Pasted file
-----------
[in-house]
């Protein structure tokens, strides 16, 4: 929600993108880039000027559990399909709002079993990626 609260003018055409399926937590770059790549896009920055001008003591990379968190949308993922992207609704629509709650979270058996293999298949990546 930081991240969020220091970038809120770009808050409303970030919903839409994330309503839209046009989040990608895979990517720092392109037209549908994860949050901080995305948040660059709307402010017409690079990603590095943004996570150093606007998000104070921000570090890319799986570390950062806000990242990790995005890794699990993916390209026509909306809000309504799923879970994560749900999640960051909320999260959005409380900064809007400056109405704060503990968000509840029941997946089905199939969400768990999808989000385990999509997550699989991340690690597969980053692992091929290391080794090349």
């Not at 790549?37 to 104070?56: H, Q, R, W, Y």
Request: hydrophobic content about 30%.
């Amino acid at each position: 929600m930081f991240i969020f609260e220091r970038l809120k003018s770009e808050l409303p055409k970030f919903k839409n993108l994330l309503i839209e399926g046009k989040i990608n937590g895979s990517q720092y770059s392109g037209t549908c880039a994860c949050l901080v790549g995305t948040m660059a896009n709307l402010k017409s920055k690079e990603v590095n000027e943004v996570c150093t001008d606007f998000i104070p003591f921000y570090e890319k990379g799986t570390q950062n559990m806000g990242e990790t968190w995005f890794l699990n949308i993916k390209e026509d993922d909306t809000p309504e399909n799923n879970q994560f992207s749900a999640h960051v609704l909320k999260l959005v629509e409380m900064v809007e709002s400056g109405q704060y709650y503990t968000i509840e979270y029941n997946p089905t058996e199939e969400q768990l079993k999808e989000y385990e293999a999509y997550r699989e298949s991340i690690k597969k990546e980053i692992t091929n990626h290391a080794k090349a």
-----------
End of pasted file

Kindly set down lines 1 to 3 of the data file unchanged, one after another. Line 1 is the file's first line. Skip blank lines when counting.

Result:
[in-house]
């Protein structure tokens, strides 16, 4: 929600993108880039000027559990399909709002079993990626 609260003018055409399926937590770059790549896009920055001008003591990379968190949308993922992207609704629509709650979270058996293999298949990546 930081991240969020220091970038809120770009808050409303970030919903839409994330309503839209046009989040990608895979990517720092392109037209549908994860949050901080995305948040660059709307402010017409690079990603590095943004996570150093606007998000104070921000570090890319799986570390950062806000990242990790995005890794699990993916390209026509909306809000309504799923879970994560749900999640960051909320999260959005409380900064809007400056109405704060503990968000509840029941997946089905199939969400768990999808989000385990999509997550699989991340690690597969980053692992091929290391080794090349």
């Not at 790549?37 to 104070?56: H, Q, R, W, Y």